After the Kong Le coup in August 1960 and the reconvened Geneva Conference in May 1961, the Pathet Lao along with "neutrals" participated in a tripartite government in Vientiane. As this again disintegrated, the Pathet Lao in 1963 once more left for the maquis to continue their government in the caves of Sam Neua under the heavy US bombing of the "Barrel Roll" program.

What the International Commission called the "Fighting Units of the Pathet Lao" was called by themselves the Lao People's Liberation Army (Kongthap Potpoi Pasason Lao). The Pathet Lao troops were estimated at about 250 in 1953, 6000 in 1957, 20,000 in 1964, 48,000 in 1970, and then down to 35,000 in 1972, reflecting casualties during that previous period. The North Vietnamese, who did most of the heavy fighting in Laos, used the Pathet Lao extensively as guides, guards, and auxiliaries. Individual North Vietnamese POW's described the Pathet Lao soldiers disparagingly as lax and unable to shoot straight. But, as policy, the North Vietnamese did try hard to build the Pathet Lao regulars, regional units, and militia into an autonomous force capable of doing their own revolutionary tasks. While the Pathet Lao perhaps compared favorably with the Royal Lao Army, the intensive North Vietnamese advisory effort did not make them an impressive force. They were taught, however, to goose step in parades, Soviet-style. Their uniforms were baggy green fatigues without rank insignia and, on more formal occasions, peaked caps with a round badge of red-blue-red stripes with a white sun and gold trim.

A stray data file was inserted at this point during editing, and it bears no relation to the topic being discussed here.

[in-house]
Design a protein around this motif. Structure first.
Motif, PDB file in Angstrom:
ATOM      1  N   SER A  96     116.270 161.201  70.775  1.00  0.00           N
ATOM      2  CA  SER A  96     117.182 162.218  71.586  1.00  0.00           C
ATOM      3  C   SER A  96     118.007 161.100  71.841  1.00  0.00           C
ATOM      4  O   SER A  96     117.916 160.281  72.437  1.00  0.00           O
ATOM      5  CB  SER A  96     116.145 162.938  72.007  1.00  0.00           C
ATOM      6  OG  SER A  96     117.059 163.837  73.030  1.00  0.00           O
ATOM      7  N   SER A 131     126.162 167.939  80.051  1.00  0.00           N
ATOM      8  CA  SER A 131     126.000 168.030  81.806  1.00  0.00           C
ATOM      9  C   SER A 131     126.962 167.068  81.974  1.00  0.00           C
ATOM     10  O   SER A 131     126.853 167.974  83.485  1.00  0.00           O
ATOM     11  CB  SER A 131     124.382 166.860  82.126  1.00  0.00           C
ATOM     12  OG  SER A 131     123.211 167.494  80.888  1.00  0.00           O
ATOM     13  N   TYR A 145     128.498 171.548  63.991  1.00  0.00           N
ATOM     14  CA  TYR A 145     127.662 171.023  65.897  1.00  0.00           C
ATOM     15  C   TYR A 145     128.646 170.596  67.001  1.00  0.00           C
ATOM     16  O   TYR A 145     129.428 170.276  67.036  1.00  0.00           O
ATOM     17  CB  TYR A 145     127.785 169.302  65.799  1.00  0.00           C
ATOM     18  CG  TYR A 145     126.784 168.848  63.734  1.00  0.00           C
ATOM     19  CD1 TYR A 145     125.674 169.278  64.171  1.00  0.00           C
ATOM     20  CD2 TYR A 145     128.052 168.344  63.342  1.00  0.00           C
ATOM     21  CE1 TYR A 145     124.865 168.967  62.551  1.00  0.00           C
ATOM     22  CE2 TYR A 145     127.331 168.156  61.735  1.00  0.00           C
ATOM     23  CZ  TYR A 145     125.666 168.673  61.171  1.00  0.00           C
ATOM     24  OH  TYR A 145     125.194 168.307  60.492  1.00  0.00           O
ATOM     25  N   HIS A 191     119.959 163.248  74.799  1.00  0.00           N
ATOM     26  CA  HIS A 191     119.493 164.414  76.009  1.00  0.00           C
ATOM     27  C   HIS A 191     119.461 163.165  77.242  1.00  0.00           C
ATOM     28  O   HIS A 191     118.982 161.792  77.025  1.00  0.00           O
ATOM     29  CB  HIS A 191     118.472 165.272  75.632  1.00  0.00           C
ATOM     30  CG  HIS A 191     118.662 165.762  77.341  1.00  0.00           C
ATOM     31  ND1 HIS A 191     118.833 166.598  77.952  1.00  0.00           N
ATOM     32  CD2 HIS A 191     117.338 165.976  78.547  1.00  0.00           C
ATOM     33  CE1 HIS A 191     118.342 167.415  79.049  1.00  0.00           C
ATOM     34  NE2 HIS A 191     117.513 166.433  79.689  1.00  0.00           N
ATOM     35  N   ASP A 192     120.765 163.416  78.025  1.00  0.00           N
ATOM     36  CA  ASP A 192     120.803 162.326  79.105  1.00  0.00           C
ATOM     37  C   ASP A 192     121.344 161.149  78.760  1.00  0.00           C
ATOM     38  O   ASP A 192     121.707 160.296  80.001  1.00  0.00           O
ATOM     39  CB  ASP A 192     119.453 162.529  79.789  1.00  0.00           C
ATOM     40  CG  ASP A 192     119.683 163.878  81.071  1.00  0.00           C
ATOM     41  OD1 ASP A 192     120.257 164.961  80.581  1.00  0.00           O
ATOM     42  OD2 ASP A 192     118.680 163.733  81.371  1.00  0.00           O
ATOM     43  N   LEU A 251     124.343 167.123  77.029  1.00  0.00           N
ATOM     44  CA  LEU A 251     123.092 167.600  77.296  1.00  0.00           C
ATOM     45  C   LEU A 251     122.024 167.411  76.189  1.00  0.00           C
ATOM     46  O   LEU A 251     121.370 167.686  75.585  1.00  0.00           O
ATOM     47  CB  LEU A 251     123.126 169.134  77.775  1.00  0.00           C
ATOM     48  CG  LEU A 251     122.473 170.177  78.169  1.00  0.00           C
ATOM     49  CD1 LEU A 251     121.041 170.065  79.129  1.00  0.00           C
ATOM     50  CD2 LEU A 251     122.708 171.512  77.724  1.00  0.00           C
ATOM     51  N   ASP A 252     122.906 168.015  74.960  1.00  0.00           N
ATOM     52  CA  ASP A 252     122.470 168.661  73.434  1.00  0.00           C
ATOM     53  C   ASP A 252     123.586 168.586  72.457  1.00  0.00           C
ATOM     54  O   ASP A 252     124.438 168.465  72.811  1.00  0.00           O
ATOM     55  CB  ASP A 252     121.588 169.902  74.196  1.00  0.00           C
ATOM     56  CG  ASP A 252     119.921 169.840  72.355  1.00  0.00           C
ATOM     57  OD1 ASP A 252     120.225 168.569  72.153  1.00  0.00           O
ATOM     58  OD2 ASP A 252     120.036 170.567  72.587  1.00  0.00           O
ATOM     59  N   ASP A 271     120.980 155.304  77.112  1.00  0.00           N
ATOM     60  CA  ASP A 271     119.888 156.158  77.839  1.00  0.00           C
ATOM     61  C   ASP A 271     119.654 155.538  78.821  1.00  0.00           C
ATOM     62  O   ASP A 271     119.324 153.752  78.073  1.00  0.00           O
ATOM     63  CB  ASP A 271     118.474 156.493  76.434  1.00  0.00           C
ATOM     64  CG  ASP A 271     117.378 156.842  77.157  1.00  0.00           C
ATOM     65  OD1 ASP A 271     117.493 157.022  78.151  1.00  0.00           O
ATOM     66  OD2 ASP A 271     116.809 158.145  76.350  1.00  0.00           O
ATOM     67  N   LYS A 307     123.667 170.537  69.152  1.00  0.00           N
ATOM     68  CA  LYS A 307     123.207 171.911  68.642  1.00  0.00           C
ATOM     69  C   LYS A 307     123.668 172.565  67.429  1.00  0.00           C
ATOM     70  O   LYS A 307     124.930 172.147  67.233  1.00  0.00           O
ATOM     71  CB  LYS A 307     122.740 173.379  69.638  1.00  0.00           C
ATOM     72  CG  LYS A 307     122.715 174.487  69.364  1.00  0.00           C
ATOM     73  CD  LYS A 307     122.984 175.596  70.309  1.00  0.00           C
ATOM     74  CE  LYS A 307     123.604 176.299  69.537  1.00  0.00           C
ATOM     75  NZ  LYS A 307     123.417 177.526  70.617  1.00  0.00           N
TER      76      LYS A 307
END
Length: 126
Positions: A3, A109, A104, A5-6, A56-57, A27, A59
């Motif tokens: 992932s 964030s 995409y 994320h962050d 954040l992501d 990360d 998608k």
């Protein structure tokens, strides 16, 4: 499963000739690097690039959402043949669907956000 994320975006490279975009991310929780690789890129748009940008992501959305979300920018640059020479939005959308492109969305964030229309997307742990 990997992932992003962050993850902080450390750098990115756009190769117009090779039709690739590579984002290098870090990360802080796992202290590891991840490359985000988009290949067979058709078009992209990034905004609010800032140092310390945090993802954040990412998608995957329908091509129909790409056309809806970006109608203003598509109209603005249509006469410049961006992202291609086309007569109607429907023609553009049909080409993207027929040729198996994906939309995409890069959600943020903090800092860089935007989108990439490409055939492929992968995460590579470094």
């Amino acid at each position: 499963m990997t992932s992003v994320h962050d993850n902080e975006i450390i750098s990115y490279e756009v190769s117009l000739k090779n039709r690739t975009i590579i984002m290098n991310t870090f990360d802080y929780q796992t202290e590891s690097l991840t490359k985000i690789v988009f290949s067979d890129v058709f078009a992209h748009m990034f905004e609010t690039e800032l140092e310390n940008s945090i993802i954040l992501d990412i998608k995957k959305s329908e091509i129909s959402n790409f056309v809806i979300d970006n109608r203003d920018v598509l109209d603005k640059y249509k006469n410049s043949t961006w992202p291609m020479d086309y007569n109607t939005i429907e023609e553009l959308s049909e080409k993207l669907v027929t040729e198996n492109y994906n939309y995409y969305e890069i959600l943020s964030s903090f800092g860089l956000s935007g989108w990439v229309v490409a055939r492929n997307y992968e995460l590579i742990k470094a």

Laos had become, by 1963, a full adjunct of the war in Vietnam. Paralleling the situation in Vietnam, the Royal Lao government and the Pathet Lao on February 21, 1973 signed an "Agreement on the Restoration of Peace and Reconciliation in Laos." This established a "Joint National Political Council" and "Provisional Government of National Union" composed of the "Vientiane Government" and the "Patriotic Forces." It also provided for a ceasefire and exchange of prisoners.

In May 1975, with the fall of the Republic of Vietnam, and amid ominous local indications, the conservative leadership realized they were finished, and many fled across the Mekong to refuge in Thailand. The National Congress of People's Representatives on December 2, 1975 abolished the monarchy and established the Lao People's Democratic Republic. It is ruled by the Politburo of the Central Committee of the renamed Lao People's Revolutionary Party. The somewhat feckless government signed a 25 year "friendship treaty" with Vietnam, while remaining dependent on a continuing heavy presence of the People's Army of Vietnam.

Over the years the government, despite continued resistance mainly from minority peoples, became more established and more tolerant, reflecting Lao ways and the evolution of communism also elsewhere. The PAVN largely left. Relations with Thailand were long sour, particularly after Lao units defeated Thai forces in a battle in 1987-88 over border villages. Thereafter relations improved as the Thai government, once the suzerain of Laos, turned towards a policy of trade and inclusion of Laos into the Thai economic sphere. The change towards friendly relations was indicated by the presentation in 1991 to Thai Princess Sirindhorn of Laos' highest award given to foreigners, the Medal of Honor.